A participant in the CAP arts project ‘All names known’ – Agnes Close talks to the Monthly about experiencing David Hockney’s ‘I draw, I do’ exhibition

david-hockney-i-draw-i-do-exhibition

 

The Monthly will be looking to introduce participants in Community Arts Partnership’s arts projects to art events that they would normally not attend and have them review the events for The Monthly.

Agnes Close is a participant in the Community Arts Partnership’s “All names known” Project. We asked her to give us her impressions of the David Hockney exhibition “I draw, I do” at The MAC.

Had you ever attended an Art exhibition before attending this exhibition?

No, this is my first exhibition

Did you know anything about David Hockney before attending this exhibition?

No. I didn’t even know his name. I had never heard of him before. I didn’t have really any expectations other than I’ll see some paintings. I didn’t even know what the paintings would be about

What did you think about the exhibition?

The first paintings I saw were of street scenes. They were very gloomy, very dark, but the more you looked, the more they revealed things…but very gloomy. Then I saw the Plates, (Rakes Progress), and I really liked them. They sort of told a story although I couldn’t quite work out what the story was but it was clear there was a story.

I really liked the style, black and white almost cartoonish and splashes of colour, reddish paint, just now and again. Then I saw a beautiful painting, a black and white painting of trees. I liked this painting immediately and I took a photo of it, it was haunting in a way, it really stood out. I thought the way the trees were painted was unique, I liked the black and white imagery and I loved the way the painting rose up on the wall.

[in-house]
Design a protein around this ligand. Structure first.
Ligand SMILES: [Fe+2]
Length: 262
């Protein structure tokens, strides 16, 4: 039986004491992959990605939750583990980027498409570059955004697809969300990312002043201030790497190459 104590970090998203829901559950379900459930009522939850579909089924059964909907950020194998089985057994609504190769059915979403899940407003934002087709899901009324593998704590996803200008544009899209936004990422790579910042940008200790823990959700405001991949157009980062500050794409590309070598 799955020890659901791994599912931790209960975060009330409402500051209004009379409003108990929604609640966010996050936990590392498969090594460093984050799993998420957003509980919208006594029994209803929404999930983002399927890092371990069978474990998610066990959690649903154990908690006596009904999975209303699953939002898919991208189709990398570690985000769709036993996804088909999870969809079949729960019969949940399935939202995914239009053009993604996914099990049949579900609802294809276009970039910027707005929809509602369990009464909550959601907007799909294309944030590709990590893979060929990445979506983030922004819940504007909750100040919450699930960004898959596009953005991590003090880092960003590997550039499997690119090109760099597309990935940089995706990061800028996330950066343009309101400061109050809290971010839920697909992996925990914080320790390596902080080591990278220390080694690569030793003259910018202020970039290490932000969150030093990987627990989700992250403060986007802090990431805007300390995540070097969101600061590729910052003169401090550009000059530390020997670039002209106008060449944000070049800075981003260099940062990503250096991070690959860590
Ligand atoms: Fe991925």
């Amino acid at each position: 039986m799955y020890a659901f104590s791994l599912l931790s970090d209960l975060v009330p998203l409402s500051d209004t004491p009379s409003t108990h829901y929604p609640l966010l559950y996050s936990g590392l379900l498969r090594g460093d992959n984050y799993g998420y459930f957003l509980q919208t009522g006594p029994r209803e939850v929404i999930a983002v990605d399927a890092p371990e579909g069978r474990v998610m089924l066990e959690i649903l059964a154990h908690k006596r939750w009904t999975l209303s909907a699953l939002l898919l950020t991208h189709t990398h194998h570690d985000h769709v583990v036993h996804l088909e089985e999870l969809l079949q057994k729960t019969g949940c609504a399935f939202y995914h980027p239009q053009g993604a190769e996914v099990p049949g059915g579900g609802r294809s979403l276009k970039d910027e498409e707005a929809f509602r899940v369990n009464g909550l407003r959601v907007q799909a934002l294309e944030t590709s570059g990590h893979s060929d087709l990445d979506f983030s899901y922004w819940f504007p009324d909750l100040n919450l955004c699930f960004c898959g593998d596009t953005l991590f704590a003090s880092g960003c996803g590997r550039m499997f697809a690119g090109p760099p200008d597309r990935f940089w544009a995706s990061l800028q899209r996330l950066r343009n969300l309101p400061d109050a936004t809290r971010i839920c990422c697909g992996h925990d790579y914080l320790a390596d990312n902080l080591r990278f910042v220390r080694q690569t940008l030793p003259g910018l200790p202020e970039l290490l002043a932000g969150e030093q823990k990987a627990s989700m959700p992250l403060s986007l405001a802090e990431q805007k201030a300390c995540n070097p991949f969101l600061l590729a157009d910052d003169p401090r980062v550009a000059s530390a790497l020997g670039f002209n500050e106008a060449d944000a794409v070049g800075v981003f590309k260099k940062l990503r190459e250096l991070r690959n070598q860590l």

But the painting that really caught my eye, even more than the one with the trees, was a drawing of a street scene and I was looking at it and I noticed two images near a tree across from some houses. And just as I was walking away I noticed that these images were people.

Was there anything that you didn’t warm to or didn’t like?

I didn’t like the coloured paintings of the gardens in springtime. They looked like something anyone could have put together. Some of the sketches I wasn’t too keen on. Some of them just looked odd and I couldn’t get any meaning from them even from looking at the titles. I tended to enjoy the black and white paintings more. I like the way the images make you look into them when they are in black and white, the more you look, the more you see. I couldn’t say I liked the swimming pool painting but I did like the portraits of the people which were at the end of the exhibition. I thought they were really interesting. Striking in a different way than the other paintings.

Anything which surprised you given it was your first exhibition?

I was surprised at how diverse the work was. I hadn’t thought that much about what I might see but I expected that most of what I would see would be a similar style, or using similar methods, but this exhibition offered lots of different styles and I liked that a lot.

Was there anything that made viewing less enjoyable?

I didn’t like that the information was at the side, away from the paintings. It should have been right next to each painting, I didn’t like that I had to keep going from the painting to the information and then back again.

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